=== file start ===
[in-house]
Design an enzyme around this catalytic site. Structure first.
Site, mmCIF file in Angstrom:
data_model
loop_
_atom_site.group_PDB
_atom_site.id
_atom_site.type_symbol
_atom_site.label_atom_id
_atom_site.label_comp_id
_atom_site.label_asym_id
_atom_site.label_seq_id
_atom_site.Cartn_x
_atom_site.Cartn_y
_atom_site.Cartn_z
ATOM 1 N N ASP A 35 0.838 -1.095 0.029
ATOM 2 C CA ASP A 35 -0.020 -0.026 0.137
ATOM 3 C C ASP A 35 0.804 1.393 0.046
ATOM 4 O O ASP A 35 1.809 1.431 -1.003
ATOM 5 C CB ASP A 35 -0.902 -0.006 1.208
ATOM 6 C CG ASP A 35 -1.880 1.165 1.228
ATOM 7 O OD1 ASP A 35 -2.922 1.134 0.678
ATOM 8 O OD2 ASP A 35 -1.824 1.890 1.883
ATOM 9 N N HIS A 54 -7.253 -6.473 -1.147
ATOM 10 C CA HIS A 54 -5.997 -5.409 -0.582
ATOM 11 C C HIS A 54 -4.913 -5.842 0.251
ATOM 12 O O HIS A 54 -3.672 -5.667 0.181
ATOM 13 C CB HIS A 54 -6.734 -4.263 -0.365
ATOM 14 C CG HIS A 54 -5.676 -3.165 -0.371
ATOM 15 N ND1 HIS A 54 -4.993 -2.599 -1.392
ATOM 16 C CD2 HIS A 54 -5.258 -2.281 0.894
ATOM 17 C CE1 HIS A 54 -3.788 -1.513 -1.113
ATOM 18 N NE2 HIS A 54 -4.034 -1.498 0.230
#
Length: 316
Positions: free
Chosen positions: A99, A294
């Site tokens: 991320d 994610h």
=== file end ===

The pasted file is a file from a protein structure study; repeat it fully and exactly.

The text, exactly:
[in-house]
Design an enzyme around this catalytic site. Structure first.
Site, mmCIF file in Angstrom:
data_model
loop_
_atom_site.group_PDB
_atom_site.id
_atom_site.type_symbol
_atom_site.label_atom_id
_atom_site.label_comp_id
_atom_site.label_asym_id
_atom_site.label_seq_id
_atom_site.Cartn_x
_atom_site.Cartn_y
_atom_site.Cartn_z
ATOM 1 N N ASP A 35 0.838 -1.095 0.029
ATOM 2 C CA ASP A 35 -0.020 -0.026 0.137
ATOM 3 C C ASP A 35 0.804 1.393 0.046
ATOM 4 O O ASP A 35 1.809 1.431 -1.003
ATOM 5 C CB ASP A 35 -0.902 -0.006 1.208
ATOM 6 C CG ASP A 35 -1.880 1.165 1.228
ATOM 7 O OD1 ASP A 35 -2.922 1.134 0.678
ATOM 8 O OD2 ASP A 35 -1.824 1.890 1.883
ATOM 9 N N HIS A 54 -7.253 -6.473 -1.147
ATOM 10 C CA HIS A 54 -5.997 -5.409 -0.582
ATOM 11 C C HIS A 54 -4.913 -5.842 0.251
ATOM 12 O O HIS A 54 -3.672 -5.667 0.181
ATOM 13 C CB HIS A 54 -6.734 -4.263 -0.365
ATOM 14 C CG HIS A 54 -5.676 -3.165 -0.371
ATOM 15 N ND1 HIS A 54 -4.993 -2.599 -1.392
ATOM 16 C CD2 HIS A 54 -5.258 -2.281 0.894
ATOM 17 C CE1 HIS A 54 -3.788 -1.513 -1.113
ATOM 18 N NE2 HIS A 54 -4.034 -1.498 0.230
#
Length: 316
Positions: free
Chosen positions: A99, A294
């Site tokens: 991320d 994610h």